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Tatjana Pasalic…even the name drops out of your mouth like silk.

Beautiful, industrious and strongly independent: you don’t meet this woman and forget her in a hurry. You don’t need to be one of Elon Musk’s Space X rocket scientists to catch on to her aesthetic beauty. But that’s just gold wrapping covering an engine that never stops working, never stops thinking about others, and never stops thinking about the final product.

She is a professional, and here she is providing her view from the other side of the table.

You have blogged, presented and even taken photos…what were the toughest gigs that you had and why?

I think some of the toughest gigs have been when I have worn multiple hats. Times when I was blogging and photographing required incredible tenacity; one has to constantly bounce around the poker room to catch the action and there is little downtime from when the cards are in the air until after the players have gone home and recaps are written. I have a lot of admiration for all the people that work the big events like WSOP, EPT, or WPT, etc. It is not easy to remember all the new faces, snap professional quality photos, write engaging and accurate updates, and deal with uploading and internet connectivity issues, and daydreaming about sleeping once the current series has concluded.

What do you love doing the most within poker?

I find it challenging and satisfying to refine my presenting skills. There is a lot to think about when the film is rolling: posture, poker strategy, language translating, elocution, and more. Over time a lot of these skills become habit, and I feel like I have come a long way in my craft, but I also have a desire to constantly improve.

I have become more involved with the producing side of videos in recent years and that has helped deepen my understanding of the job and the ultimate final product of the content; I re-watch my videos with a very critical eye. At the end of the day though, I am fortunate to get paid to have conversations with a really interesting and diverse set of people. Although one has to prepare ahead and be quick on one’s feet when asking questions and engaging people, I find it is very rewarding and has helped me work on my listening skills… and sometimes it can be super easy when all you have to do is hold a mic and let Phil Laak’s stream of consciousness take the wheel.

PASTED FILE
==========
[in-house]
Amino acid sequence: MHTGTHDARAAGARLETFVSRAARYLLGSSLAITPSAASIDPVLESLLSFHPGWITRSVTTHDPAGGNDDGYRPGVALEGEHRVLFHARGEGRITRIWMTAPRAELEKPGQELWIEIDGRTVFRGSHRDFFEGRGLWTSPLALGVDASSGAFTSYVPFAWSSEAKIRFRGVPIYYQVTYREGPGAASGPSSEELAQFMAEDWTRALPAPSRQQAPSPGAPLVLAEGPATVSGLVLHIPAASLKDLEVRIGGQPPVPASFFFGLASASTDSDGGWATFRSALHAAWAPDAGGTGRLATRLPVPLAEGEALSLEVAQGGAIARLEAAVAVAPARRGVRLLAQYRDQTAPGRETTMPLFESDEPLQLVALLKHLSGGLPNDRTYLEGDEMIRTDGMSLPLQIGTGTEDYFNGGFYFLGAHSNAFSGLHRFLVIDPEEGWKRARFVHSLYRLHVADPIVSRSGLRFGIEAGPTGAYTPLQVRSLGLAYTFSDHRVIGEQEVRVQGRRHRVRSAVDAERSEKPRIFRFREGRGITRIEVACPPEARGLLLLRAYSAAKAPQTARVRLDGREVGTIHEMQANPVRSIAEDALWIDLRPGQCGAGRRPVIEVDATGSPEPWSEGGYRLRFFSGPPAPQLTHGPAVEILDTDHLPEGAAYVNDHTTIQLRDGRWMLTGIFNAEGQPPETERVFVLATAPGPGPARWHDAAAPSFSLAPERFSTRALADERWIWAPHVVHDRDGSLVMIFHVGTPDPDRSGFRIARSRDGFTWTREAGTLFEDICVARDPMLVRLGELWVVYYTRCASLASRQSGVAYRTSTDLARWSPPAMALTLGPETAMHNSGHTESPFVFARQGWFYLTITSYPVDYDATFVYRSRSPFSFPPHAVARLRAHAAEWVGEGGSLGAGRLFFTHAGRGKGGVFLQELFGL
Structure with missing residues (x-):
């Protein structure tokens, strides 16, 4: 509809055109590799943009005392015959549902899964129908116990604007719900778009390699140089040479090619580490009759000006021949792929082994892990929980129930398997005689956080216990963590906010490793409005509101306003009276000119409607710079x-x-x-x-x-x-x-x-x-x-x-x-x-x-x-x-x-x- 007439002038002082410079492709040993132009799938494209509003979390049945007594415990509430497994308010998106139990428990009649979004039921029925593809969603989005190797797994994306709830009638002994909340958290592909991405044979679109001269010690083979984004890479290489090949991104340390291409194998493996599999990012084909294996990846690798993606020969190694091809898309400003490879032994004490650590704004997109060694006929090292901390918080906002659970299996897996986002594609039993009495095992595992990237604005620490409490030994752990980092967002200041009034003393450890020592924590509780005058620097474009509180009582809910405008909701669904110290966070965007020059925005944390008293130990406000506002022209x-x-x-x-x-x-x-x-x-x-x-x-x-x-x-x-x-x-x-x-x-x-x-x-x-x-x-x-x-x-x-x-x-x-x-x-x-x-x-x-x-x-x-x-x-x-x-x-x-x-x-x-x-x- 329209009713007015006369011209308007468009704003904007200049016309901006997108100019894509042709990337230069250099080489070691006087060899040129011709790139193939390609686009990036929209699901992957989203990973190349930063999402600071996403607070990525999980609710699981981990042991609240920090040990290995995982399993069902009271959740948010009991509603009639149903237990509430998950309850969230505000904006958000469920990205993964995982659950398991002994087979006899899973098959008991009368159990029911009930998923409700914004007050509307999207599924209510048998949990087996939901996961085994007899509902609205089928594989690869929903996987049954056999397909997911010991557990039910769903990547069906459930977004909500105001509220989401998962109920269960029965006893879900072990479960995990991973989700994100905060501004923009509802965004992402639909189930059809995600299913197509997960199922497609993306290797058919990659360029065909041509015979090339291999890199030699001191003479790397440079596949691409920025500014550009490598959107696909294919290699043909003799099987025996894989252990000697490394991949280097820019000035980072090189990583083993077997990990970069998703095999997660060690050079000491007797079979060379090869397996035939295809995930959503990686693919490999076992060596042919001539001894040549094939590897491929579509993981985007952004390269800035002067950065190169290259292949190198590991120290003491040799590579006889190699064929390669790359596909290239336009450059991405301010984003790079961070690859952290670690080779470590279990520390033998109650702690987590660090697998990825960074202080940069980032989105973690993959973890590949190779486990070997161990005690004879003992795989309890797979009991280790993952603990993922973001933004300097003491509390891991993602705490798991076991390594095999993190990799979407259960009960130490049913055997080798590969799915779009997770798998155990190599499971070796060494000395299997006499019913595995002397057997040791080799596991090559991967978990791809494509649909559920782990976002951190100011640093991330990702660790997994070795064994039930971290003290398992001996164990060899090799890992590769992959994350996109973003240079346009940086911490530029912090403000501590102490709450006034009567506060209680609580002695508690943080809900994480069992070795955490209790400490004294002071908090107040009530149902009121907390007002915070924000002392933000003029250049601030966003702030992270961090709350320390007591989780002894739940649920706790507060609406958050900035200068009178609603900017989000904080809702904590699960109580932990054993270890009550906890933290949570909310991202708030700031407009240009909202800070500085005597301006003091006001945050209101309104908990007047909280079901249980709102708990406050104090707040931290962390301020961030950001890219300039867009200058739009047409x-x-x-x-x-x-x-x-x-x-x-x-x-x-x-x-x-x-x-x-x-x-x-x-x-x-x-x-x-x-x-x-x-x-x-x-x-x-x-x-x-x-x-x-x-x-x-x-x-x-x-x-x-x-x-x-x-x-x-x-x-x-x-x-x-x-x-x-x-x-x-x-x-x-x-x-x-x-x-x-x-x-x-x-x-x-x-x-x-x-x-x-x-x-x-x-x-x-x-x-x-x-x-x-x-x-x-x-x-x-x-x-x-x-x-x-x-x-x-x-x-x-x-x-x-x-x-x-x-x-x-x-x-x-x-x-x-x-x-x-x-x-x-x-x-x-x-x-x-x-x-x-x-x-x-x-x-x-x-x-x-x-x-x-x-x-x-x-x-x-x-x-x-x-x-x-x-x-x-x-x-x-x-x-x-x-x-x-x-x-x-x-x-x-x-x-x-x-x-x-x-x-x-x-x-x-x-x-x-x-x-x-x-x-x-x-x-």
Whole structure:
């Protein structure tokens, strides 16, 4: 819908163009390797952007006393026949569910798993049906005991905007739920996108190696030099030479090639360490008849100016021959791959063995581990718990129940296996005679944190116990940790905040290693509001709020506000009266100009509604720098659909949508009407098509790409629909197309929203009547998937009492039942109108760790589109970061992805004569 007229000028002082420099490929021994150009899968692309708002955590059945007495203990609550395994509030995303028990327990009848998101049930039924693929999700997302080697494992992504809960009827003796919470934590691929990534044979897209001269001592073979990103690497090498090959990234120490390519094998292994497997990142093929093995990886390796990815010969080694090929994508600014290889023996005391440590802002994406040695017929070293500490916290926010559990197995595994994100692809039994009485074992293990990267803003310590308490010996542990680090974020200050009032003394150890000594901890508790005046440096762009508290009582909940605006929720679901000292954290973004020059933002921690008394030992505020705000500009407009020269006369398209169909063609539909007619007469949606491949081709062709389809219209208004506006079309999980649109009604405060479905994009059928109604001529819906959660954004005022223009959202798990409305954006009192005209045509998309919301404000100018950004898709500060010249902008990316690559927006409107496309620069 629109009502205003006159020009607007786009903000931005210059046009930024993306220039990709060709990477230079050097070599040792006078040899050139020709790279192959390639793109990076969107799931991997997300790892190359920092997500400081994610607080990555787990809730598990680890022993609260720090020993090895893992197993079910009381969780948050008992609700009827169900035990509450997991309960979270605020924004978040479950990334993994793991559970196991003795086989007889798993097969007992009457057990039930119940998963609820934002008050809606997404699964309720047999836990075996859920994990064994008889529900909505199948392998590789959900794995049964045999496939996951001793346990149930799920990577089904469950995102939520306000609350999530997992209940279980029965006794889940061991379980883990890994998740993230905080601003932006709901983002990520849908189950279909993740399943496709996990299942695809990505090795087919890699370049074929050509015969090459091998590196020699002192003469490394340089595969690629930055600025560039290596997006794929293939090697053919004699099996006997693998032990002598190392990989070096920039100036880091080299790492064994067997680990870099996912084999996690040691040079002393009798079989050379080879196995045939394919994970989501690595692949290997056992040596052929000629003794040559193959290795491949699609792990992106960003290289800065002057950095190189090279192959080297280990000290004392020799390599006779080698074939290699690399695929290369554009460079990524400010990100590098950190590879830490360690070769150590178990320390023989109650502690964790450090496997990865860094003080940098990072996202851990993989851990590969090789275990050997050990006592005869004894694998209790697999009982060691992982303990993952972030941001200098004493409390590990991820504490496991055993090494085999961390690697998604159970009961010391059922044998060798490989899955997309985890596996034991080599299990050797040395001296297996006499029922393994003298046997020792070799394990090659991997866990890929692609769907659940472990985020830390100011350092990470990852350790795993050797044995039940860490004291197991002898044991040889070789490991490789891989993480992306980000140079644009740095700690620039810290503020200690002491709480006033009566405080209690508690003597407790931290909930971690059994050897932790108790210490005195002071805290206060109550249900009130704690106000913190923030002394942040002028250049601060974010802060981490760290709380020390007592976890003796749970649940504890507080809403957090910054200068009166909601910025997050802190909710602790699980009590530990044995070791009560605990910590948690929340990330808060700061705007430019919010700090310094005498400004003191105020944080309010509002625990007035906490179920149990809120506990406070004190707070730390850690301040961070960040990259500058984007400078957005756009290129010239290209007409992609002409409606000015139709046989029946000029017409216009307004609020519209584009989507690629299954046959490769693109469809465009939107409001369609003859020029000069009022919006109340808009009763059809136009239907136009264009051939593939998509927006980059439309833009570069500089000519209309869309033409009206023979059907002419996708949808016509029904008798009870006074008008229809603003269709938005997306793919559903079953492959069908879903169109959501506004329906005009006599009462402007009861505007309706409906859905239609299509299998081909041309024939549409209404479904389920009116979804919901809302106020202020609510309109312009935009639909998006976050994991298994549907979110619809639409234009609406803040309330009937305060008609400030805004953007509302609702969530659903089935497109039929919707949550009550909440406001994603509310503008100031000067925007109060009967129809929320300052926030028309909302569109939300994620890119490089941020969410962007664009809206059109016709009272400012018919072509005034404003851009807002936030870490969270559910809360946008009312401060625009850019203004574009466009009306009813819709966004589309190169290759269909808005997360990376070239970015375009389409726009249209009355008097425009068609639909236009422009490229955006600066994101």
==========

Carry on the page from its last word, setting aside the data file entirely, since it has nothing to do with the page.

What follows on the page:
I know you play occasionally. Was there ever a time in your career where you wanted to play professionally?

Every time I played the WSOP ME, I told myself: “Man, it would be so much fun to do this as a job.” However, shortly after I hop in front of the camera and I remind myself how much I truly enjoy bringing the information to the fans, and other players, and I quickly leave the pro life to the more skilled ones.

Talk about the way you feel you have been treated within the industry: both good and bad.

As with any industry, there can be a lot of variation in levels of professionalism across companies, the shuffling rosters within them, and players on tour. Although there have been times when people may have been rude or inconsiderate, I have ran very good to get to work with a slew of amazing individuals.

One of the advantages I have found being in a young industry is there is a lot of opportunity. I have received a lot of autonomy in many of my gigs since the beginning of my career. I am really grateful for people taking a chance with letting me be on camera early on and later companies to allow me to expand my professional roles to produce and manage events. However, I have found that working within a nascent industry also has its challenges.

Many companies may not benefit from years of organization or having people in positions with years of training and expertise. Many fledgling poker operations do not have robust HR departments and policies. This reality of start-up culture can result in uncomfortable and sometimes less than optimal scenarios, but I have found the opportunities available far outweigh the finer points of corporate structure and culture. As with anything, I look forward to the poker industry continuing to mature and evolve.

What have been your toughest times within poker?

Six months after Black Friday was a really hard time for me professionally. TV and video projects were slashed across the globe. Luckily, I had people who believed in me and kept me on their team. I weathered the storm and am very rosy on poker’s rebound.

What has worked well for you within poker, and what has not worked so well within poker?

Regardless of whether it has always worked or not I am a very honest and assertive person. Usually these qualities have helped me chase down gigs, but sometimes may cost me as I can be seen as “rough around the edges” by some. I think to some degree that is part of my cultural legacy as an Eastern European girl from ex-Yugoslavia; we are very blunt in our speech. Living in the UK and marrying an American have helped my awareness of Western sensibilities, but I think most people can find my emotions right on my rolled up, industrious sleeves.

What are your brightest memories?

There are so many!

I have been immersed in poker for the better part of a decade… it has basically become my life. I met so many amazing people through poker, including my husband; traveled the world, worked my dream job, and got so many opportunities that I am very grateful for. This past summer I received my highly anticipated and long awaited staff badge at the Rio while working with Poker Productions. Since the inception of my poker media career I have sought this badge and it had finally become a reality!